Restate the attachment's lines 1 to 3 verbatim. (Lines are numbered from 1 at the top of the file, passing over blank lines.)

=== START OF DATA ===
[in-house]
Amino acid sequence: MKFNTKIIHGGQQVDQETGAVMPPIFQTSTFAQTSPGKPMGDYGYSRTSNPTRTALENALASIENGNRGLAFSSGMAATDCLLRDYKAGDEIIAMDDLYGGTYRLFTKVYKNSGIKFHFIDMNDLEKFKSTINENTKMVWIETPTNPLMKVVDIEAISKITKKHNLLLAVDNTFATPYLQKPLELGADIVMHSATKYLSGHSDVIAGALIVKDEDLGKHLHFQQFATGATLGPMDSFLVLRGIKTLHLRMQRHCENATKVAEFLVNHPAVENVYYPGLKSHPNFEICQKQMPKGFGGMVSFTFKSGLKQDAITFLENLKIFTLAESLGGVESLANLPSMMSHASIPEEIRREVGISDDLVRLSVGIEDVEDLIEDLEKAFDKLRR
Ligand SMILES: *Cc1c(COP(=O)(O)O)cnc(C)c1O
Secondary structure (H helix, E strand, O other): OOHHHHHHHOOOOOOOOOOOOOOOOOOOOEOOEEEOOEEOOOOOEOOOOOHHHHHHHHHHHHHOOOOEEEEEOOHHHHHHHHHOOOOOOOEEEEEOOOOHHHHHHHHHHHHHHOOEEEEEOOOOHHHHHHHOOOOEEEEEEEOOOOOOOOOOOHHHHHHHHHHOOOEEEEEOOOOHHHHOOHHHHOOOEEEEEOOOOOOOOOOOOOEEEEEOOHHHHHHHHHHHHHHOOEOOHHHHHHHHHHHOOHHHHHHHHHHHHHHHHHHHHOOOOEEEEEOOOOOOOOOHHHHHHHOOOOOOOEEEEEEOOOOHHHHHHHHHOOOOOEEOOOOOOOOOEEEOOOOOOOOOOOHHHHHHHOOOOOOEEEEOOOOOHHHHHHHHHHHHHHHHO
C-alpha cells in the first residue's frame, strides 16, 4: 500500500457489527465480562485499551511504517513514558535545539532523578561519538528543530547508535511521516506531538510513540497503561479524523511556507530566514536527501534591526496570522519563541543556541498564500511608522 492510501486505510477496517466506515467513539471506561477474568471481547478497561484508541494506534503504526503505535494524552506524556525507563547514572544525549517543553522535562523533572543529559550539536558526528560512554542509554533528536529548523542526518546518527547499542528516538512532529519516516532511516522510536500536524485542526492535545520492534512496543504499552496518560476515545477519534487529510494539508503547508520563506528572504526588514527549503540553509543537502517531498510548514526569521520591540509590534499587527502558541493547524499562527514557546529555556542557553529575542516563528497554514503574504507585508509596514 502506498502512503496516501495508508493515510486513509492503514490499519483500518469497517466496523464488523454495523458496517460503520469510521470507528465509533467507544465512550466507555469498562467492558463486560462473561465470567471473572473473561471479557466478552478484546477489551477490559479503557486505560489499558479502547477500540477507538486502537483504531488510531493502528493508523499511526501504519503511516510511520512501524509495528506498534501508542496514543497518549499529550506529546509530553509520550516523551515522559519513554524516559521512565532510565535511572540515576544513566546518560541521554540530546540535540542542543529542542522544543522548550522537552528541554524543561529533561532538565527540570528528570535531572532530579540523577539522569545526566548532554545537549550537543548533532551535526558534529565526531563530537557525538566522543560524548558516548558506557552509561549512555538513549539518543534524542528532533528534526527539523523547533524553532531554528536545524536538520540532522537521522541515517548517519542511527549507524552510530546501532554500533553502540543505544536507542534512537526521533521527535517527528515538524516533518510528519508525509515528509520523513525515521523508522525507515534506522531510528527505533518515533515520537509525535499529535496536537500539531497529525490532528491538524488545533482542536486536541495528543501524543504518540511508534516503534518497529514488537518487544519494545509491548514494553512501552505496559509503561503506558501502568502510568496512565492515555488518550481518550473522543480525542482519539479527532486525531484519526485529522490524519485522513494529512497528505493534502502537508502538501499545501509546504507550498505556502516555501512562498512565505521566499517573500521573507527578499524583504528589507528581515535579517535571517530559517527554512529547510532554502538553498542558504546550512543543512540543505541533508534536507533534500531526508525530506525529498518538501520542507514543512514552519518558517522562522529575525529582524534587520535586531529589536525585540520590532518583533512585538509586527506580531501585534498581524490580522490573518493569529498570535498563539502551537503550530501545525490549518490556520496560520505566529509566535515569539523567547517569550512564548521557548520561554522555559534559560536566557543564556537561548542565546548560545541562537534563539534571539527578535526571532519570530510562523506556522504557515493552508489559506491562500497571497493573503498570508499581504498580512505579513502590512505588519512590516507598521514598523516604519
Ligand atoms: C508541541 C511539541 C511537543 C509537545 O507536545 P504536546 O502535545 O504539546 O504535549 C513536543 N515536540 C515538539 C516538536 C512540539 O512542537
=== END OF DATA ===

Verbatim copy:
[in-house]
Amino acid sequence: MKFNTKIIHGGQQVDQETGAVMPPIFQTSTFAQTSPGKPMGDYGYSRTSNPTRTALENALASIENGNRGLAFSSGMAATDCLLRDYKAGDEIIAMDDLYGGTYRLFTKVYKNSGIKFHFIDMNDLEKFKSTINENTKMVWIETPTNPLMKVVDIEAISKITKKHNLLLAVDNTFATPYLQKPLELGADIVMHSATKYLSGHSDVIAGALIVKDEDLGKHLHFQQFATGATLGPMDSFLVLRGIKTLHLRMQRHCENATKVAEFLVNHPAVENVYYPGLKSHPNFEICQKQMPKGFGGMVSFTFKSGLKQDAITFLENLKIFTLAESLGGVESLANLPSMMSHASIPEEIRREVGISDDLVRLSVGIEDVEDLIEDLEKAFDKLRR
Ligand SMILES: *Cc1c(COP(=O)(O)O)cnc(C)c1O